To this day, debates continue to rage about exactly why so many technologies were lost and rediscovered thousands of years later.

Regardless, for as long as there has been masonry, earth mortars have been used, and whilst the rediscovery of hydraulic lime and the development of portland cement and concrete would invariably lead to changes in construction methods, it would take much longer than one would expect for this to take effect.

According to the Earth Mortars research project, which attempts to estimate the reach of earth and clay mortars in Scotland specifically, approximately three-quarters of masonry buildings were constructed from earth mortars prior to 1800.

This was helped by many areas of Scotland having subsoils rich in clay, meaning that rural areas had a strong building material all around them.

However, by the start of the 19th century, the Industrial Revolution was beginning to take hold, and with vast changes to agriculture and the development of industry, so many historic buildings created using earthen materials were demolished and replaced.

As industrial transport links became wider and more efficient, older building techniques started to dry out. In just 50 years, the number of buildings using earthen mortars reduced from 75 per cent to just 25 per cent. Fifty years later, the practice was almost entirely eradicated.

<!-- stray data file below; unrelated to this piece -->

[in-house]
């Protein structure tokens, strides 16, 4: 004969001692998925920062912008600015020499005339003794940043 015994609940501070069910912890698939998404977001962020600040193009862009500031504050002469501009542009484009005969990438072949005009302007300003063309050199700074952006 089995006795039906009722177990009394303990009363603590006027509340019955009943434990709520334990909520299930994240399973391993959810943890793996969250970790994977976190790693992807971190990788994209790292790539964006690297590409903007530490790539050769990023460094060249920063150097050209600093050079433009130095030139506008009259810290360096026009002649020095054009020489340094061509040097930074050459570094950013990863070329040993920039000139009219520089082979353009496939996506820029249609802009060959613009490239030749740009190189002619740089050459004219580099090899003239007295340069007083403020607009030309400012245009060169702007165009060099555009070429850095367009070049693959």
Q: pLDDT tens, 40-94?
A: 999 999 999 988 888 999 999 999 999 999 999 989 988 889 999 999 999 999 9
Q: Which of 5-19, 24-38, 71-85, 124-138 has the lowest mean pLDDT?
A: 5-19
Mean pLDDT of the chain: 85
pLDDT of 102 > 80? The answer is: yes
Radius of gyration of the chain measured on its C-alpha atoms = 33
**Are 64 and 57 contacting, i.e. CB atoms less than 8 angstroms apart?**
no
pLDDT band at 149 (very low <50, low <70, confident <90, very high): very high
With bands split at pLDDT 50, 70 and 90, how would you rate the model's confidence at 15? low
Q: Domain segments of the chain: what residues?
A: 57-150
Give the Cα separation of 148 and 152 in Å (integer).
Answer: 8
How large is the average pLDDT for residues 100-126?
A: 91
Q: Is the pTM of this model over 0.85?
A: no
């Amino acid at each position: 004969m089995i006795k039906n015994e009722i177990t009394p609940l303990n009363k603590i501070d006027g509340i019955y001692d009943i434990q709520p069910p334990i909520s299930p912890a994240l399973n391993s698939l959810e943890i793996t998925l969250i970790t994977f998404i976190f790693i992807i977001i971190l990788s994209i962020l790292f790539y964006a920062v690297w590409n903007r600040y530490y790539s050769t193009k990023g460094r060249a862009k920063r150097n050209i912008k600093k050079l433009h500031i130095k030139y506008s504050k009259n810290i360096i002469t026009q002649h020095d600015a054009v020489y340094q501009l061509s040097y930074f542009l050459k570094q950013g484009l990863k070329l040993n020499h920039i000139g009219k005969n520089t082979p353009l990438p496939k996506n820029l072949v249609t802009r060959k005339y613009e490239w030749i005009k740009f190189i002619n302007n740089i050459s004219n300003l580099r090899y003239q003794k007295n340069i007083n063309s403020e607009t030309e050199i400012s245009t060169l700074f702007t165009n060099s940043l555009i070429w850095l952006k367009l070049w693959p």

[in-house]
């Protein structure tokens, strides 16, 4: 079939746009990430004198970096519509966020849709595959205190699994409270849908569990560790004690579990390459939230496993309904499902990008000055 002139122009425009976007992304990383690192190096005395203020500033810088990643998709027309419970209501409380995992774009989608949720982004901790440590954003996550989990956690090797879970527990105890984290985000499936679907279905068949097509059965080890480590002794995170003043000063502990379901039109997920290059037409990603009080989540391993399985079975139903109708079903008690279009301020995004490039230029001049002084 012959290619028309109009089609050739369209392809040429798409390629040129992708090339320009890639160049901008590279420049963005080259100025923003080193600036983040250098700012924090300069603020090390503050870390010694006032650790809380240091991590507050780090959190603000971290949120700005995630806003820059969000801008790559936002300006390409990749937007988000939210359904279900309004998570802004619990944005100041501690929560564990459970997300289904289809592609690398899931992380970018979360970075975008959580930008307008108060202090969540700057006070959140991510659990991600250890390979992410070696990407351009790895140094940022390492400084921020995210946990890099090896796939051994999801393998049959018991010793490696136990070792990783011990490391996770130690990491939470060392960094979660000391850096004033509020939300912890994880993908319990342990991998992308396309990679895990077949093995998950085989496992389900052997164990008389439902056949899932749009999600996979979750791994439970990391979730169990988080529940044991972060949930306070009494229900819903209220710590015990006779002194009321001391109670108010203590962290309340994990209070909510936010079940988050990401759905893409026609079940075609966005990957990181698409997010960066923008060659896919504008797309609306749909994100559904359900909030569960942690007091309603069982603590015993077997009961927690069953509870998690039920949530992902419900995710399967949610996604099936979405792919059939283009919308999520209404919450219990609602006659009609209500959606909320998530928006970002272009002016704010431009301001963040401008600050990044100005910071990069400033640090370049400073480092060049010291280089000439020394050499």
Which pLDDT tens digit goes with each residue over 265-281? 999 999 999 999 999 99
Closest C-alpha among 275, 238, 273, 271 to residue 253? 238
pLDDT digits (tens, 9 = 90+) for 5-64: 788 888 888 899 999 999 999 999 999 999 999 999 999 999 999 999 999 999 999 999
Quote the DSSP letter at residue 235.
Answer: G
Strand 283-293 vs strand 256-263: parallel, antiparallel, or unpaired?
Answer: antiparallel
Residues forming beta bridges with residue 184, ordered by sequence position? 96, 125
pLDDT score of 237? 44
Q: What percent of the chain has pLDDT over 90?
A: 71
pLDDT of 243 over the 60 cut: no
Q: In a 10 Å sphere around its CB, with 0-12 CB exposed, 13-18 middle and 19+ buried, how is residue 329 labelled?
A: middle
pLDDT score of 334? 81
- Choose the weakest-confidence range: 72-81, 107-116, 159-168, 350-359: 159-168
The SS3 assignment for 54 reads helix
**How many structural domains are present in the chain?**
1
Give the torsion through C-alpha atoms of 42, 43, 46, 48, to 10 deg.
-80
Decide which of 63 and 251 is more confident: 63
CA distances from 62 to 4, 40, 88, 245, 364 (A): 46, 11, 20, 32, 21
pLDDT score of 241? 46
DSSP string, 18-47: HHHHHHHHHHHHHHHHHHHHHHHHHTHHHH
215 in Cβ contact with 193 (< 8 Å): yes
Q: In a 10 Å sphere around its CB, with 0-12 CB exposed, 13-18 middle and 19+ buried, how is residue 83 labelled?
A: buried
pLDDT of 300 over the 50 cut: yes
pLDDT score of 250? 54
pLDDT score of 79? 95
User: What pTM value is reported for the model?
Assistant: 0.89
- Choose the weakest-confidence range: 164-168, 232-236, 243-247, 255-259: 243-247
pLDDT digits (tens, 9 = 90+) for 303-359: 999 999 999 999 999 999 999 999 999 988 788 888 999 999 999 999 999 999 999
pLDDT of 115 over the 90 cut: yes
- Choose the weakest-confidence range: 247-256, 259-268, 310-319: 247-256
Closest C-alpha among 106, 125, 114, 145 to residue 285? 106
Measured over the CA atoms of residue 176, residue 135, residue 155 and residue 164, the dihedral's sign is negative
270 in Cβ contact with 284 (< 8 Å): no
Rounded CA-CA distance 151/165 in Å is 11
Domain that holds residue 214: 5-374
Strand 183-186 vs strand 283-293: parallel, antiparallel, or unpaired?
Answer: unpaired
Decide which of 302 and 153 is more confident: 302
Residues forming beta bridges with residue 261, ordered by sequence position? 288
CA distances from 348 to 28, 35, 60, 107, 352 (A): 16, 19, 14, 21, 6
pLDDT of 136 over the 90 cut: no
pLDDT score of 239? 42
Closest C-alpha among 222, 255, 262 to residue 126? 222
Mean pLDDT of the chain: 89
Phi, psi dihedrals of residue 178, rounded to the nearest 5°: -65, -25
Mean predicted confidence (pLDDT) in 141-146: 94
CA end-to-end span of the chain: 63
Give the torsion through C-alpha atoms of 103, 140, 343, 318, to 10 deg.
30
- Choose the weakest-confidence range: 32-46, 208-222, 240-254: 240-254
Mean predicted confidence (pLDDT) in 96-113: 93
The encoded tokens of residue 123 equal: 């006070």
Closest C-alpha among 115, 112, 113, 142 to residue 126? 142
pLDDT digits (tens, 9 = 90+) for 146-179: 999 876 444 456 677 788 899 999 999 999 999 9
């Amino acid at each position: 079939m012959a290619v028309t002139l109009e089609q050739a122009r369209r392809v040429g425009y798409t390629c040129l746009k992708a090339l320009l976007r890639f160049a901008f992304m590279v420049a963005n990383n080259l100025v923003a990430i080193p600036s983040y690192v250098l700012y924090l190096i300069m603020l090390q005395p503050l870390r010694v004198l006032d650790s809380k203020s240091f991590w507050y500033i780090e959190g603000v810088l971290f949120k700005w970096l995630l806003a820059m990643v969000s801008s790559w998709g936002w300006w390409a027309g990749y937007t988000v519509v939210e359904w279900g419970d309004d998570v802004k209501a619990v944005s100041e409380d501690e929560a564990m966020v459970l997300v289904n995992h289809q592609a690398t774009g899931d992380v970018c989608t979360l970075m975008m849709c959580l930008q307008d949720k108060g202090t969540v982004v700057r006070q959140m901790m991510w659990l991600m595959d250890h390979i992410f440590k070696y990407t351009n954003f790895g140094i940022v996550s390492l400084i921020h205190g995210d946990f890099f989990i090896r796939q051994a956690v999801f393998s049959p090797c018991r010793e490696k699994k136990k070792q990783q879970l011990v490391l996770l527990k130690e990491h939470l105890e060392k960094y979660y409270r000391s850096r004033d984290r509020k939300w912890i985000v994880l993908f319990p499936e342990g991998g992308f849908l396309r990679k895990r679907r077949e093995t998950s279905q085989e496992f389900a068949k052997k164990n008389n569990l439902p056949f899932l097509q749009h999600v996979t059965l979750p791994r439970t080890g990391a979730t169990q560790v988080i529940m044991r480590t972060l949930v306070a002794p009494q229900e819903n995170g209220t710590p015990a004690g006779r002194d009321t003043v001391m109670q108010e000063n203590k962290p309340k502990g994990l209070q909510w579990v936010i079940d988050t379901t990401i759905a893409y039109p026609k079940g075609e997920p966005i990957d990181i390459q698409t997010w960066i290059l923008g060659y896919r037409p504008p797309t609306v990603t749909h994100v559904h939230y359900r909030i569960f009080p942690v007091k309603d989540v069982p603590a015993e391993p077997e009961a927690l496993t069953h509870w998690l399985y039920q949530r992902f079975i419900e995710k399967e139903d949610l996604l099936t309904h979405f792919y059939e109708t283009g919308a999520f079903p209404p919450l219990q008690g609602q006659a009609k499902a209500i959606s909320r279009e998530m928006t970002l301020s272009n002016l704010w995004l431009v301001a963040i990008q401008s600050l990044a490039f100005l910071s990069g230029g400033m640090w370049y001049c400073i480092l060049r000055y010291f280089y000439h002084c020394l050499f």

That failure to understand the potential of earthen and clay mortars, as well as a lack of understanding of the importance of architectural conservation, nearly wiped out a construction tradition that had existed for over 5500 years.

This has been harmful in a number of ways, as it has not only hurt the understanding of how we historically constructed homes and shelters and affected potential surveying and restoration efforts, but it has also stymied the potential for its use in a future construction industry that cannot depend on concrete.

With the carbon dioxide emissions of concrete a substantial sustainability challenge, earth mortars could potentially be a locally sourced, easily reused, low-carbon alternative, strengthened using modern technologies and building techniques mindful of clay’s unique properties.

Repair Techniques

When carrying out repairs on earth mortar structures, similar processes and techniques will be used for other masonry work, such as lime mortar repairs.

However, it’s generally a lot safer to conduct earthen mortar repairs because you don’t have to worry about the likes of caustic, heat and chemical issues that you get when you work with lime.